While President Jacob Zuma prepares for his 2017 SONA speech, South Africans are expectant that this year’s speech will be different from the usual. They expect that Zuma must address the issues affecting the future of the nation starting from the present day youths.
The Democratic Alliance called on President Zuma to look into the issues affecting the country’s youths as they are to determine the future of the country.
The DA noted this On Monday after it visited Mamelodi, east of Pretoria, to interact with the youth in that area on issues generally affecting them.
At the short meeting, the Mamelodi youths made mention of the growing rate of unemployment in the country and how it affects them.
This, according to them has added to the high rate of drug addiction and so many other criminal cases in the country that are primarily perpetrated by young people.
Baring their minds to the DA ahead of the state of the nation address (SONA) on Thursday, the youths also raised concerns about unemployment and drug addiction, primarily among young people.
“The DA is consulting the youth across South Africa so that when the party responds to President Jacob Zuma’s 2017 SONA, they can share with him young people’s experiences,” said the DA national spokesperson Phumzile van Damme who visited the Denneboom station and business precinct in Mamelodi.
“The DA believes that young South Africans are being denied work opportunities by systemic underskilling and educational shortfalls, and that President Zuma must address this critical issue in his State of the Nation Address 2017,” she said, adding that she spoke with young activists who have done a great job in helping young people in the area to get jobs with business owners in the community and it is very positive.
The issue of unemployment is apparently one of the major issues the Zuma-led government is still battling to settle. Despite all actions, report has it that unemployment in SA has reached the height of it all since 2014.
Van Damme, who had an extensive chat with the youths in Mamelodi revealed that over 40% of young people in Tshwane were unemployed.
He, however, commended the party’s mayor in Tshwane, Solly Misimanga, for doing ‘a great job’ in creating jobs in the municipality.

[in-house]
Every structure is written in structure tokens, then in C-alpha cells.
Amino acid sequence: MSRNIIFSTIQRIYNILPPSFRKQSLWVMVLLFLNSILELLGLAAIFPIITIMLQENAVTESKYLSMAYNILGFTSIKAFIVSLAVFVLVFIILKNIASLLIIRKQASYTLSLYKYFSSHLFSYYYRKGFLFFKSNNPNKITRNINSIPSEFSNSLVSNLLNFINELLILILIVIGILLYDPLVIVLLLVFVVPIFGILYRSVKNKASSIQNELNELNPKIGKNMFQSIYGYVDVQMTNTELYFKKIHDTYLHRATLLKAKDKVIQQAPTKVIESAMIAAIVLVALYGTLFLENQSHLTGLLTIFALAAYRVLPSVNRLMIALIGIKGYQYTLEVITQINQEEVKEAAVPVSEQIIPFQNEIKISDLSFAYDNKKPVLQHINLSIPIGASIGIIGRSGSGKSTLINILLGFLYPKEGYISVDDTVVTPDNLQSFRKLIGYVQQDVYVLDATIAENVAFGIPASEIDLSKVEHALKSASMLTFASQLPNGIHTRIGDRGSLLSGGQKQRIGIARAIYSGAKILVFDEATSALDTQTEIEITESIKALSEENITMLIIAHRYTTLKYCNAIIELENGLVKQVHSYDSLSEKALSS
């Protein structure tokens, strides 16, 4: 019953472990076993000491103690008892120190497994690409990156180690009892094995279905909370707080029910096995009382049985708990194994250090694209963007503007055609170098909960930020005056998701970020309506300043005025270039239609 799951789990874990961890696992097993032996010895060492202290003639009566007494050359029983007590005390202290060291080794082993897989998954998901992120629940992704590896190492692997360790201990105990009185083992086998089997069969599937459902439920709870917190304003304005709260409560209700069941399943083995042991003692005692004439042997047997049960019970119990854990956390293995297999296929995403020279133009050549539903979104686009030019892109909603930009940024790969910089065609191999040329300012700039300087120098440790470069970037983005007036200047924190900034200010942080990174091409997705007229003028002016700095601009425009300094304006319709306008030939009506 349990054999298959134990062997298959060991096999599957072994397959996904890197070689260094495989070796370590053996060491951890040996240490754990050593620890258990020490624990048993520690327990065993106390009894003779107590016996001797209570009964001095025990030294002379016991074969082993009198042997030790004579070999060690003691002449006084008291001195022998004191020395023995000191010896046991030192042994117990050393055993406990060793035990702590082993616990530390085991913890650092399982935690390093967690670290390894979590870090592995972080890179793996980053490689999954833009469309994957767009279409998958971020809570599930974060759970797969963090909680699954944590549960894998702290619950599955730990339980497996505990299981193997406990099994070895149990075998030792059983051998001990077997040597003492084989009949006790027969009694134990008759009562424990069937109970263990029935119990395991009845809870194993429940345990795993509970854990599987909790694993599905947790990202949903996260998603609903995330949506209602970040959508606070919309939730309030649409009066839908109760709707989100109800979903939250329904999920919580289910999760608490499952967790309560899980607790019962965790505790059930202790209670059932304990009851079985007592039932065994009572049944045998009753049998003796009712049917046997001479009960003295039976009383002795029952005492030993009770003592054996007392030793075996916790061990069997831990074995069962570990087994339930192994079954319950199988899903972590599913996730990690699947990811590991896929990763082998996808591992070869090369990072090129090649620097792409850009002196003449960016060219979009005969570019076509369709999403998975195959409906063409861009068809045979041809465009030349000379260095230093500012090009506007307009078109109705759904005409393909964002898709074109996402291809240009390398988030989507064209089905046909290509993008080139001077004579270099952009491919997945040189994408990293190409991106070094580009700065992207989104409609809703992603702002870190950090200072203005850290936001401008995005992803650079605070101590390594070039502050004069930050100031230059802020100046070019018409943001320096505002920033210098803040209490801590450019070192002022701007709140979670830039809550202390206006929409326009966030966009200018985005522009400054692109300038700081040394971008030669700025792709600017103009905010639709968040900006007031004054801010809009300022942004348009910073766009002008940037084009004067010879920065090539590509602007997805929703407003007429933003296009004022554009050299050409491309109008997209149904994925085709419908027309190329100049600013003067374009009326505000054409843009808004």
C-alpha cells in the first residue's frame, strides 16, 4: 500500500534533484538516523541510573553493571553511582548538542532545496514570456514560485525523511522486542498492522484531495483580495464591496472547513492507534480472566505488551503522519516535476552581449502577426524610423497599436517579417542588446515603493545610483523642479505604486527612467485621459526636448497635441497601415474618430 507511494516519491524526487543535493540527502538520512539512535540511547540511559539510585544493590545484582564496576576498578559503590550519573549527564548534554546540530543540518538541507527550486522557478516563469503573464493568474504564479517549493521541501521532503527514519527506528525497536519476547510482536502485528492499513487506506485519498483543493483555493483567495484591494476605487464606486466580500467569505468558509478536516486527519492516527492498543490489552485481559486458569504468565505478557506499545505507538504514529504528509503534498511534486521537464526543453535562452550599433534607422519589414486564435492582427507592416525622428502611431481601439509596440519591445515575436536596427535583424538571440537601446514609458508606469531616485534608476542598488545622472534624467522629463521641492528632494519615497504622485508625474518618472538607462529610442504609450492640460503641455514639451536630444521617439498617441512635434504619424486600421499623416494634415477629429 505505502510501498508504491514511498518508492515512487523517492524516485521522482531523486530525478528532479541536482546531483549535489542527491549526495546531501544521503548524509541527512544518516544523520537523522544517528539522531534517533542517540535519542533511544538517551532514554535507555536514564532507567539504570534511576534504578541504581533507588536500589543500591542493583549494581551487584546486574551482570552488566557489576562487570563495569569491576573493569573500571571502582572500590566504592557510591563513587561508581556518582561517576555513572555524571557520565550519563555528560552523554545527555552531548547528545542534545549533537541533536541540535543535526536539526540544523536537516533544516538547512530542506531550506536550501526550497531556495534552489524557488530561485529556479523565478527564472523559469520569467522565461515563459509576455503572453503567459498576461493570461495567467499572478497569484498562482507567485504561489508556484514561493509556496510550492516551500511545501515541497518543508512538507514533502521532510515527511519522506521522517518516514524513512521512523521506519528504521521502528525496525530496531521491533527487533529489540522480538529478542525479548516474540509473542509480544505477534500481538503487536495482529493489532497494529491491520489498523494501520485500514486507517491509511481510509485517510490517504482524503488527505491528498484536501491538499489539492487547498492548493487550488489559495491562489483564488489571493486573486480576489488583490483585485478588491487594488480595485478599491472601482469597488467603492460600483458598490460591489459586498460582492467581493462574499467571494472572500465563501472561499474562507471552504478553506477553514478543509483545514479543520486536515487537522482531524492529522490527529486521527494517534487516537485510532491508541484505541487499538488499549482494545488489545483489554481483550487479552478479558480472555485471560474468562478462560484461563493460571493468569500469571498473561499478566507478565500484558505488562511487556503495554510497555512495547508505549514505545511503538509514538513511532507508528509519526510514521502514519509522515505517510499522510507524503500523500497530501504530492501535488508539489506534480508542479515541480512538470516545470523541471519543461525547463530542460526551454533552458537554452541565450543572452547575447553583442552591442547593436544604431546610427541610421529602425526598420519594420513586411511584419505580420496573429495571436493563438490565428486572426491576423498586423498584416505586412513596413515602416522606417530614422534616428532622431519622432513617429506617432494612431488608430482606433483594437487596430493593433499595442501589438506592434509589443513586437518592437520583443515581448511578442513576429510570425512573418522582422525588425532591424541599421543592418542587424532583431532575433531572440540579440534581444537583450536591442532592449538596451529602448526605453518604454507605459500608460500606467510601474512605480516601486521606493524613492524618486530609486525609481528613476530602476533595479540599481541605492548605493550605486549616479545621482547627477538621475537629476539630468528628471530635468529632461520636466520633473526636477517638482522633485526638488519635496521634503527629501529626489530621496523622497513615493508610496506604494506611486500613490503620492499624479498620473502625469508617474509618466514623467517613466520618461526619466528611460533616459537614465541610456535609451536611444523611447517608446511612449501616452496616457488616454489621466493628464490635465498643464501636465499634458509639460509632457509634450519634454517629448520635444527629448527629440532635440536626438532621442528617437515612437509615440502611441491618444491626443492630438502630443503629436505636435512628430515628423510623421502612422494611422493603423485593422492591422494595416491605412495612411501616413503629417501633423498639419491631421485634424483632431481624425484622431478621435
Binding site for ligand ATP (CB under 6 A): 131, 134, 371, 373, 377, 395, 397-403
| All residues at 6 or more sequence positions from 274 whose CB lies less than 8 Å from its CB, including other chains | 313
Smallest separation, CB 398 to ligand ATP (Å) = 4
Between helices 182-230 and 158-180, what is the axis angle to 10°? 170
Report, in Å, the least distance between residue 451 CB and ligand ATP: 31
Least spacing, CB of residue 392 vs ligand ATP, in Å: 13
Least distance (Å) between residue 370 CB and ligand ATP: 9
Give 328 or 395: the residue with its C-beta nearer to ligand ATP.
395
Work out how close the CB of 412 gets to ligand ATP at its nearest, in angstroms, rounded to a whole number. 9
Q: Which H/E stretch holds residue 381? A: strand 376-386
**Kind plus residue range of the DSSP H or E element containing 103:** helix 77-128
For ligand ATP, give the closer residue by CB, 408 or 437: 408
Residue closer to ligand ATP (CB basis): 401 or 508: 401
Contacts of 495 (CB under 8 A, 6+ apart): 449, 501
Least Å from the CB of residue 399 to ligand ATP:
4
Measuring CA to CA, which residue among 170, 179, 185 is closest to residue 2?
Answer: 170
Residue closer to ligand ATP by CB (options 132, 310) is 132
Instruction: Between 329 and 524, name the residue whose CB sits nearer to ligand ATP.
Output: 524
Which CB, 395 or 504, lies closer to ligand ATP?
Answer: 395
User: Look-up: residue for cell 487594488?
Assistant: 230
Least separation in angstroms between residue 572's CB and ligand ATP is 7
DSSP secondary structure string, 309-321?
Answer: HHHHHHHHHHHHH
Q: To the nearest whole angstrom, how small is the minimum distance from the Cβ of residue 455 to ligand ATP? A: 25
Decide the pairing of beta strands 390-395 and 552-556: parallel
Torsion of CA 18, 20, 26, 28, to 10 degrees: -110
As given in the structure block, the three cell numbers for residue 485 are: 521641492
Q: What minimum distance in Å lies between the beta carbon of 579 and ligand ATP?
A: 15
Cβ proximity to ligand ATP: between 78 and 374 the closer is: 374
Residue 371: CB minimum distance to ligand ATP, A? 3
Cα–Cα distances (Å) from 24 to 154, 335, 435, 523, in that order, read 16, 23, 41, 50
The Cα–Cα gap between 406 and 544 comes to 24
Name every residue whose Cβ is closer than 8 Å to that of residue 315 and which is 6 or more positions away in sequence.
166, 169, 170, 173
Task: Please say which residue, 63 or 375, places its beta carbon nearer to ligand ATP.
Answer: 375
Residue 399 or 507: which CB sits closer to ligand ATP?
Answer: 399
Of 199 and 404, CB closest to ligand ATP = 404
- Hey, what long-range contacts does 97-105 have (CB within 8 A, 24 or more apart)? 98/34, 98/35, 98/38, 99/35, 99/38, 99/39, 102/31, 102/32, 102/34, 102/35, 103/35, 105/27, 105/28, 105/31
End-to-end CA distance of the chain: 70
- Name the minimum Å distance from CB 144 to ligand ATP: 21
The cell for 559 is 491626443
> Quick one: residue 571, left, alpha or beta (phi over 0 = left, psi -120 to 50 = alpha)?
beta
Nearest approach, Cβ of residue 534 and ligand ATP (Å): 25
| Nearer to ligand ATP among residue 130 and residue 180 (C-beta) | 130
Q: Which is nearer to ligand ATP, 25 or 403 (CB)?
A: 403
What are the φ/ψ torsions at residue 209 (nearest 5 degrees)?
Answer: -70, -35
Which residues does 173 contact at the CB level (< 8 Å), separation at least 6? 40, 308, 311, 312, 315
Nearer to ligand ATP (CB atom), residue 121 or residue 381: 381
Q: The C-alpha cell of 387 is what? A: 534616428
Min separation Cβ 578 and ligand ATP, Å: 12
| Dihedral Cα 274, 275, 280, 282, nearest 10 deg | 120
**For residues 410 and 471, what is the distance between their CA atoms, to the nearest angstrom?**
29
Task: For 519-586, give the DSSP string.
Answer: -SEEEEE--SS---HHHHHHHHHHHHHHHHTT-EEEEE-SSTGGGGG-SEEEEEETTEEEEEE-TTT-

“Our mayor, Solly Msimanga, is devoting a lot of time to creating job opportunities,” he said.
Furthermore, the mayoral spokesperson Samkelo Mgobozi who reiterated the need for job creation, said there was obviously a link between unemployment, crime, and drug abuse.
“The city has long recognized the problem with drugs in communities like Hammanskraal, Eersterust, Mamelodi and Soshanguve.”
Some money had been earmarked for rehabilitation facilities, but the former administration set aside “a lot of money for a lot of things, whether those things have been done is an entirely different story”.
Mgobozi said the new administration, through its social development department and with the members of the mayoral committee for community safety, was trying to ensure that the affected youths were put to productive work and rehabilitated.
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Zuma’s 2017 SONA speech scheduled for Thursday has generated lots of controversy with many citizens expecting him to be more practical than theoretical in his approach for 2017.
“He [Zuma] needs to be practical when he addresses the nation. He has previously spoken on the three matters that need urgent attention – health, education, and corruption in South Africa. What is he going to say now to make people take him seriously? He must try and be radical,” Lesiba Teffo, law expert at the University of South Africa (Unisa), told African News Agency.
“He must be practical, otherwise his whole 2017 SONA speech is just a recitation. We know that he will talk about corruption, delivery of textbooks in Limpopo, the health system but when you look at it closely, it is what he has previously told the nation years ago,” he added.